Since Mark Twain published The Adventures of Huckleberry Finn in 1885, critics have considered it an excellent example of a story tracing the journey of a young man from childhood to adulthood. Through the years, readers have enjoyed seeing Huck grow from a young, carefree boy into a responsible young man with a decent sense of right and wrong. The "adventures" appeal to readers who had to make some of the same tough decisions Huck did in struggles with conscience.
When readers first meet Huck, he is living with the Widow Douglas and trying his best to conform to her rules. For example, when he wanted to smoke, "She said it was a mean practice and wasn't clean, and I must not try to do it any more" (4). Huck's immaturity shows in his reaction to her rule. He felt that she was "finding a power of fault in me for doing a thing that had some good in it" (4).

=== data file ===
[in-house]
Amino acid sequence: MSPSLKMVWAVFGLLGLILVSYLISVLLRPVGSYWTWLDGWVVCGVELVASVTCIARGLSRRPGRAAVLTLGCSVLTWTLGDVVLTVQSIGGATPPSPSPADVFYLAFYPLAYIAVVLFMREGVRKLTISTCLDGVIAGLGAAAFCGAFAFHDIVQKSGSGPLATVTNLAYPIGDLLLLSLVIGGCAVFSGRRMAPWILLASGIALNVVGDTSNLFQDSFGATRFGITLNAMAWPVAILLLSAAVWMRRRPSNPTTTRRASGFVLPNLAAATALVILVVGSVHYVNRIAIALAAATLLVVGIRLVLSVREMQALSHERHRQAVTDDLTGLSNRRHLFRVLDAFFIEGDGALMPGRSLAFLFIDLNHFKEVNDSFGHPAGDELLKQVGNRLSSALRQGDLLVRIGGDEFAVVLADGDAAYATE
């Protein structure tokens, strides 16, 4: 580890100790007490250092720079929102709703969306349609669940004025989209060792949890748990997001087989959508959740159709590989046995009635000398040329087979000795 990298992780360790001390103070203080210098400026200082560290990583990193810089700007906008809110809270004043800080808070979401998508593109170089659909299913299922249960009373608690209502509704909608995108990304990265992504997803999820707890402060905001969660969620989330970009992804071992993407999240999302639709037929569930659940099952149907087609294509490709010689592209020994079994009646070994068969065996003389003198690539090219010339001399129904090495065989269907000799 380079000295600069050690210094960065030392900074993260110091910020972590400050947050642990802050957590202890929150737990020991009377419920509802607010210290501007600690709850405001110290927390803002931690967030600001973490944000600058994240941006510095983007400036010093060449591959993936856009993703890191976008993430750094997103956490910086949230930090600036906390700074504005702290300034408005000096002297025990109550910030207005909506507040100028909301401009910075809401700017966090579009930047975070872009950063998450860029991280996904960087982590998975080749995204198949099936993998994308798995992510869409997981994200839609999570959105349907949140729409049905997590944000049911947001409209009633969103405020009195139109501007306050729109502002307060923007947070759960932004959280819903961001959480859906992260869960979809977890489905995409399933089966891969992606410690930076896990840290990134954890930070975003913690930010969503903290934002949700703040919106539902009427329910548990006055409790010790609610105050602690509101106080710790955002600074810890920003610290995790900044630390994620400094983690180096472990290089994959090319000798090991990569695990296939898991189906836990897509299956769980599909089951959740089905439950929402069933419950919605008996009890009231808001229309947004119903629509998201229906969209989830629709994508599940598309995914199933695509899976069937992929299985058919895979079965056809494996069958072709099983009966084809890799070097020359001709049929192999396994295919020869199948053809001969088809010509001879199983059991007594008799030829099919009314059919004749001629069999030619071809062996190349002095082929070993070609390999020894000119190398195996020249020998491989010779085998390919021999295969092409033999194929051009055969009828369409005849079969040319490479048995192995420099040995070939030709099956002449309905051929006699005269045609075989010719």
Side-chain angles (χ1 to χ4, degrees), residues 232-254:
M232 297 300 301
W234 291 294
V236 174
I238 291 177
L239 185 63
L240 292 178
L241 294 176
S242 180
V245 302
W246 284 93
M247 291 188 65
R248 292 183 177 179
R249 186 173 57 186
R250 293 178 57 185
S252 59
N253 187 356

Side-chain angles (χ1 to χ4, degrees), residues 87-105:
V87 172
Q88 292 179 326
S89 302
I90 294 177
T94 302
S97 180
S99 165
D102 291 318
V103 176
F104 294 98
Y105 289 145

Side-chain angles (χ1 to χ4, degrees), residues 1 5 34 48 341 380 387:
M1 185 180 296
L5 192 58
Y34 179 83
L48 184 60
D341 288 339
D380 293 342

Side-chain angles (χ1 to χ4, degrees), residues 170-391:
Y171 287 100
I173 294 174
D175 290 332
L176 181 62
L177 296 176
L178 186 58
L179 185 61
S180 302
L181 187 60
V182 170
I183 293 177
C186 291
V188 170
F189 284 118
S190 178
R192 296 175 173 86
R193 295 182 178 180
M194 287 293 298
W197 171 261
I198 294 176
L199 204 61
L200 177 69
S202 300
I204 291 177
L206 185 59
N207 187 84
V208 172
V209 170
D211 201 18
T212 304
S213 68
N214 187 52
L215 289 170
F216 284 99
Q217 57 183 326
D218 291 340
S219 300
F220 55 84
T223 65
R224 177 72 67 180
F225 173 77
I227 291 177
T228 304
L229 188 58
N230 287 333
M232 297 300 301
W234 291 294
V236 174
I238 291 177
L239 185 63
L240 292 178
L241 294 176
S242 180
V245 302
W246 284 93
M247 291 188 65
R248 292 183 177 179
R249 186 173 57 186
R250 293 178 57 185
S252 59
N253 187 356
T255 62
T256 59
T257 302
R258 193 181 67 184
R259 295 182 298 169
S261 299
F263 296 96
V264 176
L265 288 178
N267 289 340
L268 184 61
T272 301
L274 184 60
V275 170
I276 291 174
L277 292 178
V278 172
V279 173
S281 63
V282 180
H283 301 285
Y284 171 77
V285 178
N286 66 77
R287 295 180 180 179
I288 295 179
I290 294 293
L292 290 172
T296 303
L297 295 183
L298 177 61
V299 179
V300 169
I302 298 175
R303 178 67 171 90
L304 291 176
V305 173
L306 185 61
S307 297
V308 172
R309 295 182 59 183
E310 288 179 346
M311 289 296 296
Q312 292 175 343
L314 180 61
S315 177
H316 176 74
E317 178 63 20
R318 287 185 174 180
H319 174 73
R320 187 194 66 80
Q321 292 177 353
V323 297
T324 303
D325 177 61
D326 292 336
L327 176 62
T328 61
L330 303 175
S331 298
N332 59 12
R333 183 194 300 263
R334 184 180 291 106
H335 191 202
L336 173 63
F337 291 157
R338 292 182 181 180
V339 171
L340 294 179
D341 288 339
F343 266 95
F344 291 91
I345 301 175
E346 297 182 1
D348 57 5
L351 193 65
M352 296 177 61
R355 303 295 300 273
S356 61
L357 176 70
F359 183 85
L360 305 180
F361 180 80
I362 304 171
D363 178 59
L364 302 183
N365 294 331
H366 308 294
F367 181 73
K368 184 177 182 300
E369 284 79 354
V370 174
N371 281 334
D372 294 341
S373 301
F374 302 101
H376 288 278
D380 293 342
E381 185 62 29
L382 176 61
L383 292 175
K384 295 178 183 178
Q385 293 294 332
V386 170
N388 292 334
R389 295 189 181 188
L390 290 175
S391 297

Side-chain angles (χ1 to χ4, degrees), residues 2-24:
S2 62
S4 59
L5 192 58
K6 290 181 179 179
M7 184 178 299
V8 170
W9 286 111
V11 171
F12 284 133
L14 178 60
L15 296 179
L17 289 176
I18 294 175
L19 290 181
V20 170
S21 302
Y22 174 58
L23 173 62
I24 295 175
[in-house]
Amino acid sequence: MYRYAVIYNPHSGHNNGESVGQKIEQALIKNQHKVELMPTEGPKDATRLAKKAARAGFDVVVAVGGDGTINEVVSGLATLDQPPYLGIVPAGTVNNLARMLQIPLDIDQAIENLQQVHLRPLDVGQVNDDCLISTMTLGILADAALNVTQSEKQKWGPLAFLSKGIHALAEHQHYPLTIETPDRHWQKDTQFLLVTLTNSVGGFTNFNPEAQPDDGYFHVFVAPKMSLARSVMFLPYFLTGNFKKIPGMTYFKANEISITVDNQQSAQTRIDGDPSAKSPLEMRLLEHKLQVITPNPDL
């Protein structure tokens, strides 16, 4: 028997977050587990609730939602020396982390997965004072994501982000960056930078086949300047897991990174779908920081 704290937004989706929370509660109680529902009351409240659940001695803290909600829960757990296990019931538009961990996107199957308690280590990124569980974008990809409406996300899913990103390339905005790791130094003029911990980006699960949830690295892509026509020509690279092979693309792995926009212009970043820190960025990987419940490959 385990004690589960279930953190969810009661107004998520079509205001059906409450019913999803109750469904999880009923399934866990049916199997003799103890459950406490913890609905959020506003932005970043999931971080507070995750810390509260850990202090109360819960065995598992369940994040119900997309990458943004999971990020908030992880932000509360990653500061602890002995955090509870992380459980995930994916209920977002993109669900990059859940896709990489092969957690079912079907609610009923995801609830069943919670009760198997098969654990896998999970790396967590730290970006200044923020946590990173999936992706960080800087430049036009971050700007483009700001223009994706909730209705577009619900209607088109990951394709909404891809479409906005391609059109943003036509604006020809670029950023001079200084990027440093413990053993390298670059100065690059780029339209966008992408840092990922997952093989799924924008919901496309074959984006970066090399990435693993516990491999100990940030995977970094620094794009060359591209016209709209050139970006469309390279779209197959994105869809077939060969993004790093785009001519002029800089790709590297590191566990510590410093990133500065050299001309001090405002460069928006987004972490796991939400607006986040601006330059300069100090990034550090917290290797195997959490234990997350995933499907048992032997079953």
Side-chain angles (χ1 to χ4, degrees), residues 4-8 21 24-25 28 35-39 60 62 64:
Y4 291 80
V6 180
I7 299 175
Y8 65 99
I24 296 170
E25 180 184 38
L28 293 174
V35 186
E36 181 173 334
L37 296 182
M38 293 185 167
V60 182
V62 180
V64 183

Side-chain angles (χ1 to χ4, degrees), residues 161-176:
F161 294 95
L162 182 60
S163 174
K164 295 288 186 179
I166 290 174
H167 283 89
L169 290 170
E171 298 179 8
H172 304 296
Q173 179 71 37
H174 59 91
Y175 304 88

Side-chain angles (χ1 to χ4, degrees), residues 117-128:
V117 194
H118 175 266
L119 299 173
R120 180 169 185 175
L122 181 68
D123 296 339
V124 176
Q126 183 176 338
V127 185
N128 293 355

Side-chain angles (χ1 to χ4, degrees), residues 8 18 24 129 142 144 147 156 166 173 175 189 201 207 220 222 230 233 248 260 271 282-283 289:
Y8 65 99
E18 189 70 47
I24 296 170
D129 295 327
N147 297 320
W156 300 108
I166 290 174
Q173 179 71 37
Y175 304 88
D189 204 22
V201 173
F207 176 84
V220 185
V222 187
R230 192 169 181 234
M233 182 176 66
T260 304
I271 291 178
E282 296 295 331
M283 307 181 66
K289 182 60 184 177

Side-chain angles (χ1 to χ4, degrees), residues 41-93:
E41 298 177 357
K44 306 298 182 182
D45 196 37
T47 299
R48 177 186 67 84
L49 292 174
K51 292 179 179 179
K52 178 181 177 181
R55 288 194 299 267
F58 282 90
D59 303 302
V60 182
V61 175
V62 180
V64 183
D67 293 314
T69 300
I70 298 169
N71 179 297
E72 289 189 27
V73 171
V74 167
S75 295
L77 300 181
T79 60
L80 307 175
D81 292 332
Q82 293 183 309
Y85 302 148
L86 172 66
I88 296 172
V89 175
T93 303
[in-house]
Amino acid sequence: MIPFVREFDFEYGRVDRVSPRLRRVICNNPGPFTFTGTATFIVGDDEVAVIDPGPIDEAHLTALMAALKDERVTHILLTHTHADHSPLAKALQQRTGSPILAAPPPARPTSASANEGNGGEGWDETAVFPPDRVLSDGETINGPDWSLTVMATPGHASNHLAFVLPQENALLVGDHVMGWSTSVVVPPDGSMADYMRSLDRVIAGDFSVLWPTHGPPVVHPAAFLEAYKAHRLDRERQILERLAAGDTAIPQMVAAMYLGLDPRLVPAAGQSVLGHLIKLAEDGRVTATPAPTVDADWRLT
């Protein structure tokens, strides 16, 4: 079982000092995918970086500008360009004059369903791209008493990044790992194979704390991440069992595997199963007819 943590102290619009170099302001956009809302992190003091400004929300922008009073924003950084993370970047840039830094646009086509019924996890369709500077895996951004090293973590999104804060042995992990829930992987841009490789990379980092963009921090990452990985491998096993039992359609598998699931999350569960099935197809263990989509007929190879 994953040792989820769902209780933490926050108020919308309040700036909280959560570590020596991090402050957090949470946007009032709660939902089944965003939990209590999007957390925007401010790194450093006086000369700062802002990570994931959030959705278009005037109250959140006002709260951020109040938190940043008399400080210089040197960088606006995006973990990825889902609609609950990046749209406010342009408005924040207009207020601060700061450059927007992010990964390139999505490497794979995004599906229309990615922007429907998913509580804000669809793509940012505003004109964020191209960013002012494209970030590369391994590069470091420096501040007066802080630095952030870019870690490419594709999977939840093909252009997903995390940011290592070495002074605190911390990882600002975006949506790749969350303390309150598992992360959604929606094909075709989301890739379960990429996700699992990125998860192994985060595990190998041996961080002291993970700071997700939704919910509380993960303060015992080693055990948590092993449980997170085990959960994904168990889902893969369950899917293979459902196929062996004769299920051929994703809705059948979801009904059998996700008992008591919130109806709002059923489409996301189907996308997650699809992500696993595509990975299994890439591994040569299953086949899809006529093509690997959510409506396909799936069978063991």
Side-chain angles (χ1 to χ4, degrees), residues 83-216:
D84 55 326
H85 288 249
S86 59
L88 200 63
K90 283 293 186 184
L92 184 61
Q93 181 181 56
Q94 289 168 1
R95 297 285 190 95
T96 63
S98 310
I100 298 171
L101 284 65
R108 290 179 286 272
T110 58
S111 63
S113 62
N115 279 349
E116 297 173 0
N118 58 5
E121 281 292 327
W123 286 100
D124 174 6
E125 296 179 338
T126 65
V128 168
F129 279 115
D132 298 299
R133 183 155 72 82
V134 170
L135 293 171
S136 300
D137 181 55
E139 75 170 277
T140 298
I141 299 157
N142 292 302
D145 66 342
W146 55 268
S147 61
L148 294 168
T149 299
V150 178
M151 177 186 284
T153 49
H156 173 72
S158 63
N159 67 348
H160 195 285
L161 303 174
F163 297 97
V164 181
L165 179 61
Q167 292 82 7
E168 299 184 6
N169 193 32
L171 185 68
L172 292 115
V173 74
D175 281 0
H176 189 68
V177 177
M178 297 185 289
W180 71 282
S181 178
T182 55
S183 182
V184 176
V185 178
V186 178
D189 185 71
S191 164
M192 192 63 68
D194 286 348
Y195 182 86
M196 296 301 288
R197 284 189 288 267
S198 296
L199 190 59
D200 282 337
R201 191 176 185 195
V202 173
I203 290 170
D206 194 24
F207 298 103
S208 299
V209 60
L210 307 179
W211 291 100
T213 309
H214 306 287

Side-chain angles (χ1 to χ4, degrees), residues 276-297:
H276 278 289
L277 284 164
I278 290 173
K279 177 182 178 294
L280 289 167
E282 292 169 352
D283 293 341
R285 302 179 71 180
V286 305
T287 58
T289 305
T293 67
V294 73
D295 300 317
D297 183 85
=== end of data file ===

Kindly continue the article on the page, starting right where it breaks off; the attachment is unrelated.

Huck is struggling with his conscience early in the novel. He knows that the widow is right, but his reaction is still childish.
Another character who tries to help Huck is the widow's sister, Miss Watson, who lives with them and was trying to teach Huck spelling. From Huck's standpoint, "Miss Watson she kept on pecking at me, and it got tiresome lonesome" (5). Huck's immaturity is obvious as he expresses his dislike of how Miss Watson wanted him to sit up straight and stop fidgeting. Huck's immaturity is clear in the beginning of the book.
All of Huck's discipline leaves his life as the book progresses, and Huck's father shows up to take him to live in a cabin in the woods. All of the bad habits from his past
return. Even though Huck does not miss the...